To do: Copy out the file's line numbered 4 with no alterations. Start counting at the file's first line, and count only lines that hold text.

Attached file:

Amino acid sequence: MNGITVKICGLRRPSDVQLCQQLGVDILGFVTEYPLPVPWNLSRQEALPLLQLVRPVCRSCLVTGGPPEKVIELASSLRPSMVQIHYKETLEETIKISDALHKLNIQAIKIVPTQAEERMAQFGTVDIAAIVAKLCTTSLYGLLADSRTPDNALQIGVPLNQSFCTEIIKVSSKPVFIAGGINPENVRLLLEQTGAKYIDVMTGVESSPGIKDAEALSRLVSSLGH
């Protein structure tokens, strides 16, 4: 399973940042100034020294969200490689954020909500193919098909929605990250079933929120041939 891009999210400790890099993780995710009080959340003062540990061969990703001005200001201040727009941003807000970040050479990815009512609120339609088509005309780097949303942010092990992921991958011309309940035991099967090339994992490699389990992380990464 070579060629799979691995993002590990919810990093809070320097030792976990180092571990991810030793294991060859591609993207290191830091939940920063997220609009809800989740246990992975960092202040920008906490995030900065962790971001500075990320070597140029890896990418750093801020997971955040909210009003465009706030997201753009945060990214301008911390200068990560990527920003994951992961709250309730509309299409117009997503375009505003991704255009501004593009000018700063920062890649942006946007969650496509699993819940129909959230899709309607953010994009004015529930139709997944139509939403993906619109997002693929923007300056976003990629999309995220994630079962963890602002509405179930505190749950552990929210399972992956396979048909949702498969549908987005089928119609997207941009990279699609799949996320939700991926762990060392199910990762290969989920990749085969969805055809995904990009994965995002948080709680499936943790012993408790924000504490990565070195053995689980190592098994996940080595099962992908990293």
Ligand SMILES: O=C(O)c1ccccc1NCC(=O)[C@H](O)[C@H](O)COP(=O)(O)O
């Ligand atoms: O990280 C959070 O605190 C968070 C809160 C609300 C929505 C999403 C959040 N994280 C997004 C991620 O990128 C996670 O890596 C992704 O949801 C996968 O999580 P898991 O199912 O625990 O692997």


């Ligand atoms: O990280 C959070 O605190 C968070 C809160 C609300 C929505 C999403 C959040 N994280 C997004 C991620 O990128 C996670 O890596 C992704 O949801 C996968 O999580 P898991 O199912 O625990 O692997």